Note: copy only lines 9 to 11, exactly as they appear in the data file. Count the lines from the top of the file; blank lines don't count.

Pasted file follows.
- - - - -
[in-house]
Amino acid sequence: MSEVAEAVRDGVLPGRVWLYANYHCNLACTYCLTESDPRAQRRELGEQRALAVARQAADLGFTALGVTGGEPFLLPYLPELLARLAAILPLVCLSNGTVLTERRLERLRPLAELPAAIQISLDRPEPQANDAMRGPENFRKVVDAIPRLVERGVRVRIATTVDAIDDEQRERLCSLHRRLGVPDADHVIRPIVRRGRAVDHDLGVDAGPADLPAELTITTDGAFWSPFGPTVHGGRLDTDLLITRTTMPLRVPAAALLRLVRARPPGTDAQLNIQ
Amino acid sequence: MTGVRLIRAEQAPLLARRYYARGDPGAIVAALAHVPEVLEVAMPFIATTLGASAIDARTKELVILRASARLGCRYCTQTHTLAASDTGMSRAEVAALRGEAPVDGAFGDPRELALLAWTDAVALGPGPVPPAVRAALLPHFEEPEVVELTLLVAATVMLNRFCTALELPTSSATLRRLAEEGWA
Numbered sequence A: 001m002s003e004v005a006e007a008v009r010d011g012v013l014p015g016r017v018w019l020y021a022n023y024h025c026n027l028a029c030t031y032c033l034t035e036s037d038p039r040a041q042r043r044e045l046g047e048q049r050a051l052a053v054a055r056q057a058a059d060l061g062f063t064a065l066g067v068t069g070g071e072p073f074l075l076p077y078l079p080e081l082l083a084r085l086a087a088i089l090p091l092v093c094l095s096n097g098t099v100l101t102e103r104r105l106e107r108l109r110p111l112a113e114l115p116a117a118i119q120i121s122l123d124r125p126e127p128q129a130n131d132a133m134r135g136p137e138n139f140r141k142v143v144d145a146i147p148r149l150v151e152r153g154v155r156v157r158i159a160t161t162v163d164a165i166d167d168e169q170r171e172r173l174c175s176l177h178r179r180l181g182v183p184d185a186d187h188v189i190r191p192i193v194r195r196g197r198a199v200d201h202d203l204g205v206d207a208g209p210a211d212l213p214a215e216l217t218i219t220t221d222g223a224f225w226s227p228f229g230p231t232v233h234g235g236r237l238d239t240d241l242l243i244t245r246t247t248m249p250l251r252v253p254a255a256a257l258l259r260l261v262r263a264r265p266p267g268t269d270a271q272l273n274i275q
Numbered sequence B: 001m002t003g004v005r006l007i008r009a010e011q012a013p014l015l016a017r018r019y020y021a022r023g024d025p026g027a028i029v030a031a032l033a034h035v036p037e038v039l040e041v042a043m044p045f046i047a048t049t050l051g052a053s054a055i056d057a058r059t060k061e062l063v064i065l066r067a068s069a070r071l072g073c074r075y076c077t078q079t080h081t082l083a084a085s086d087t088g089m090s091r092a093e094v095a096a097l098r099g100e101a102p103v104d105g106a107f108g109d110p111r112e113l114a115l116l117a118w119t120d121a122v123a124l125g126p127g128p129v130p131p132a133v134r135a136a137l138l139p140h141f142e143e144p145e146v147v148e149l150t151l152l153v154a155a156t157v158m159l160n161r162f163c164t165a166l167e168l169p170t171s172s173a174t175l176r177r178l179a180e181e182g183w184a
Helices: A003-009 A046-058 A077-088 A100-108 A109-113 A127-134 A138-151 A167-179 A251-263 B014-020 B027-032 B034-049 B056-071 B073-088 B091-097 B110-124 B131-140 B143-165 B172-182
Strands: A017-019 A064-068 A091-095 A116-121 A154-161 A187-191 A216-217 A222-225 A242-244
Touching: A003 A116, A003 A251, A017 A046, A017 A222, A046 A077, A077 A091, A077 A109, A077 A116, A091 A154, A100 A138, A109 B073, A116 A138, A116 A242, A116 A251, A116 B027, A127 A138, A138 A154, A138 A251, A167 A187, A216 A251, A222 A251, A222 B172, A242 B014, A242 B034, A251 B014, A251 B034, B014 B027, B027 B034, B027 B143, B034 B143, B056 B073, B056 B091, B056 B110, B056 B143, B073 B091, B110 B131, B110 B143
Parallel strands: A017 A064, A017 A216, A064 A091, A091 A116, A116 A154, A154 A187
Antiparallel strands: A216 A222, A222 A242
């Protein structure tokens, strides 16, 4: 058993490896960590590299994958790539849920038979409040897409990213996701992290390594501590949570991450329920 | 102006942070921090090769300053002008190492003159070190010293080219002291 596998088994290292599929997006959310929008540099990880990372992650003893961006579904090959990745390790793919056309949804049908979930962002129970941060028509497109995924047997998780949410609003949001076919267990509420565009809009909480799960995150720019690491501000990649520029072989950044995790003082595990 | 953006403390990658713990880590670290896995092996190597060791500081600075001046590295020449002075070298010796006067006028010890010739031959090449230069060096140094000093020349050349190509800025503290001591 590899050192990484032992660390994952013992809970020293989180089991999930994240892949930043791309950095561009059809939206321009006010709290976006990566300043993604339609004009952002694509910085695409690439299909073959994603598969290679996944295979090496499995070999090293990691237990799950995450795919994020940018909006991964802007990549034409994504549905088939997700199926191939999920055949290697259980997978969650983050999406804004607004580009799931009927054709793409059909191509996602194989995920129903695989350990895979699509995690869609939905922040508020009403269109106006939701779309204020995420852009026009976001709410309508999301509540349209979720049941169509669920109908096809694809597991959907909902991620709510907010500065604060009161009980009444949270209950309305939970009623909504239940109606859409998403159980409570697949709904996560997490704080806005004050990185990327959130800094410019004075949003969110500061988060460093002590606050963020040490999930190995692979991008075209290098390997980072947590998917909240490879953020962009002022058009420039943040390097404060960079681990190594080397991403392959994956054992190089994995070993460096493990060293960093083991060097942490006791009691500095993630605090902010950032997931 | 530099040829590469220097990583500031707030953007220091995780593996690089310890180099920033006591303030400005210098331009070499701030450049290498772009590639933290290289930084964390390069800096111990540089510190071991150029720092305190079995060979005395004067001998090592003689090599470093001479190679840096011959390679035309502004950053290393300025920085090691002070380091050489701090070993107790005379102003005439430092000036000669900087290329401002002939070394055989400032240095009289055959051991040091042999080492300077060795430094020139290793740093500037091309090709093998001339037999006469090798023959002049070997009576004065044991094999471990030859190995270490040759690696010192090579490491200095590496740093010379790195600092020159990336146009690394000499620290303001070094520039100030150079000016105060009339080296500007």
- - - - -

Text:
Parallel strands: A017 A064, A017 A216, A064 A091, A091 A116, A116 A154, A154 A187
Antiparallel strands: A216 A222, A222 A242
């Protein structure tokens, strides 16, 4: 058993490896960590590299994958790539849920038979409040897409990213996701992290390594501590949570991450329920 | 102006942070921090090769300053002008190492003159070190010293080219002291 596998088994290292599929997006959310929008540099990880990372992650003893961006579904090959990745390790793919056309949804049908979930962002129970941060028509497109995924047997998780949410609003949001076919267990509420565009809009909480799960995150720019690491501000990649520029072989950044995790003082595990 | 953006403390990658713990880590670290896995092996190597060791500081600075001046590295020449002075070298010796006067006028010890010739031959090449230069060096140094000093020349050349190509800025503290001591 590899050192990484032992660390994952013992809970020293989180089991999930994240892949930043791309950095561009059809939206321009006010709290976006990566300043993604339609004009952002694509910085695409690439299909073959994603598969290679996944295979090496499995070999090293990691237990799950995450795919994020940018909006991964802007990549034409994504549905088939997700199926191939999920055949290697259980997978969650983050999406804004607004580009799931009927054709793409059909191509996602194989995920129903695989350990895979699509995690869609939905922040508020009403269109106006939701779309204020995420852009026009976001709410309508999301509540349209979720049941169509669920109908096809694809597991959907909902991620709510907010500065604060009161009980009444949270209950309305939970009623909504239940109606859409998403159980409570697949709904996560997490704080806005004050990185990327959130800094410019004075949003969110500061988060460093002590606050963020040490999930190995692979991008075209290098390997980072947590998917909240490879953020962009002022058009420039943040390097404060960079681990190594080397991403392959994956054992190089994995070993460096493990060293960093083991060097942490006791009691500095993630605090902010950032997931 | 530099040829590469220097990583500031707030953007220091995780593996690089310890180099920033006591303030400005210098331009070499701030450049290498772009590639933290290289930084964390390069800096111990540089510190071991150029720092305190079995060979005395004067001998090592003689090599470093001479190679840096011959390679035309502004950053290393300025920085090691002070380091050489701090070993107790005379102003005439430092000036000669900087290329401002002939070394055989400032240095009289055959051991040091042999080492300077060795430094020139290793740093500037091309090709093998001339037999006469090798023959002049070997009576004065044991094999471990030859190995270490040759690696010192090579490491200095590496740093010379790195600092020159990336146009690394000499620290303001070094520039100030150079000016105060009339080296500007």